PART 3: SCCC COMMUNITY ARCHAEOLOGY PROGRAM DIG AT 12 UNION ST. – View the Virtual Tour
In early 2013 I became involved with the Community Archaeology Program (CAP) at SCCC in Schenectady. CAP is a non-credit program which offers a certificate in Community Archaeology and an advanced certificate if you would like to complete an additional research project on a related topic of your choice. I enrolled in the certificate program which required thirty hours of archaeological field work and thirty hours of lab work in addition to six required courses.
CAP has completed several archaeological digs in the historic Stockade section of Schenectady, NY. Previous projects include 109 Union St. called the Yates House (dated 1725) and 32 Front St. In 2013 the homeowner of 12 Union St. contacted CAP regarding a sinkhole in his backyard.
It was known that the Saratoga & Schenectady Railroad passed through the Stockade area, specifically through the 12 Union St. property. There is even a historical register sign noting the location of the S&S Railroad on the home at 12 Union St. The property owner thought the sinkhole may have been caused by the filled in underground railroad cut.
The S&S Railroad operated from 1832-1837. It was unpopular with the residents of the Stockade and was abandoned and backfilled after only five years of operation. It is thought that the train cars were drawn by horses through the Stockade. After passing through the Stockade, a steam engine would have been employed to transport the cars north to Ballston Spa and Saratoga Springs.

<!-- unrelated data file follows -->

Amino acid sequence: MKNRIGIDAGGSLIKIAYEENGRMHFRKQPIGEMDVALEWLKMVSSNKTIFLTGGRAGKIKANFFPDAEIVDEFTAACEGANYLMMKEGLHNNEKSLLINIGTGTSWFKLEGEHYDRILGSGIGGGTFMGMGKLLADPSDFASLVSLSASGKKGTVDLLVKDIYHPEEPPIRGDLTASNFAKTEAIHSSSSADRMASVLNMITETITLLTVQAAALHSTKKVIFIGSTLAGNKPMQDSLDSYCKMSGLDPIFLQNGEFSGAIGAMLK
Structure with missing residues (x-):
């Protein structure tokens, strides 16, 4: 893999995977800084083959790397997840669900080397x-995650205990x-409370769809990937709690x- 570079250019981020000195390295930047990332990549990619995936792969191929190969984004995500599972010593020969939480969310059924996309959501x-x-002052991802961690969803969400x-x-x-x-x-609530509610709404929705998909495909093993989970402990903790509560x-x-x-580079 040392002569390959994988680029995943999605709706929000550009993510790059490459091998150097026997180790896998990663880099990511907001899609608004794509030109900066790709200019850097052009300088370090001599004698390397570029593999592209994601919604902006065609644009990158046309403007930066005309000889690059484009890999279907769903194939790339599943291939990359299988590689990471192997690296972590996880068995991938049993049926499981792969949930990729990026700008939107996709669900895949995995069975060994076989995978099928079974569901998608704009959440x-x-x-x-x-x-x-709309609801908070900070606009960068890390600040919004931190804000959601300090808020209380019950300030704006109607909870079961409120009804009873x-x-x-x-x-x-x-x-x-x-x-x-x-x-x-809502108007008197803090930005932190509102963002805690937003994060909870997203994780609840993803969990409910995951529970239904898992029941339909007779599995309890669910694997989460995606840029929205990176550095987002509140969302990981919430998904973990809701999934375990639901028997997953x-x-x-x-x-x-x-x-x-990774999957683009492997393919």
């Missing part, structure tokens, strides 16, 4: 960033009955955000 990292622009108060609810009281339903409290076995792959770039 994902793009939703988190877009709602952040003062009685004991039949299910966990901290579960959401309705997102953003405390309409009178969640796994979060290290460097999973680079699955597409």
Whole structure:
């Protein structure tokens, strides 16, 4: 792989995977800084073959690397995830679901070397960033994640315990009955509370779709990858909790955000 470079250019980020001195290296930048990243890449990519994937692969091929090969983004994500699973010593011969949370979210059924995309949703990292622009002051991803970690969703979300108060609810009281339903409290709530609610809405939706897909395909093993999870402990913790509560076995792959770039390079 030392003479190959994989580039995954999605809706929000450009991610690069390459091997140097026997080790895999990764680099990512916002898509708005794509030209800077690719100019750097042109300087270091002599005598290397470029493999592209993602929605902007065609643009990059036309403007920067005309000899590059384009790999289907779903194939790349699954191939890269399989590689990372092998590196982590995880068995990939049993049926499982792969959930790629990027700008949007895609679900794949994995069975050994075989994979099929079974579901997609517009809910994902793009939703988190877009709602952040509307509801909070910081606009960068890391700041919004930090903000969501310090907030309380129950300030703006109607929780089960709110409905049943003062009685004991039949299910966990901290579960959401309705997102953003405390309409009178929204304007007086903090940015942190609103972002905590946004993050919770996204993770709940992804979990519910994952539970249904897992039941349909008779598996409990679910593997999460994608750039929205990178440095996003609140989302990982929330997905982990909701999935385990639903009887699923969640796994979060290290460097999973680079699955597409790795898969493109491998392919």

The dig commenced in July 2013 under the guidance of archaeologist Louise Basa and under the direction of CAP graduate student Dan Bradt. CAP planned on trying to locate and excavate the wall which bordered the underground railroad cut. The first excavation trench was dug near the barn in the backyard of 12 Union St. An interesting jug was found intact so the project was off to a good start!
So what do CAP volunteers do? We dig with shovels and trowels to remove layers of soil. The process is highly organized and measurements are taken when artifacts are found or new soil layers (stratigraphy) are uncovered. We use small brushes and even sharp bamboo sticks to clear the soil away from rocks and artifacts.
All the soil that is removed needs to be sifted to check for any small artifacts. We found artifacts which are common to 19th century fill including ceramics, bone, and glass. A wide variety of ceramics were found including porcelain, transfer ware, delft, white ware, earthen ware, and even a unique clay marble. Many different sized animal bones were found. It is also common to find clay pipe stems and pipe bowls at a 19th century site. We found many pipe stems and even some intact pipe bowls. As the pipes were smoked, the ends were broken off which is why so many pipe stems are found.
In 2014 CAP found an unusual cache of old Gin bottles. The bottles were all stacked together and surrounded by a covering of stones. CAP researched the bottles and it was determined they were 1924 Gordon’s Dry Gin Bottles.
CAP was successful in uncovering the top of the wall that surrounded the railroad cut. It was not possible to dig further to fully uncover the wall because it was more than 10 feet below ground level and there was a great deal of sand from the original fill which could easily collapse.
CAP participates in the annual Stockade Walkabout. This year it was held on September 26. Visitors can tour participating historic homes in the Stockade and visit our dig site. More than ten CAP members volunteered to assist with active demonstrations and explanations of the dig site to visitors.
The dig closed in November 2015. A backhoe was brought in to fill in the site.
Thanks to all the CAP volunteers!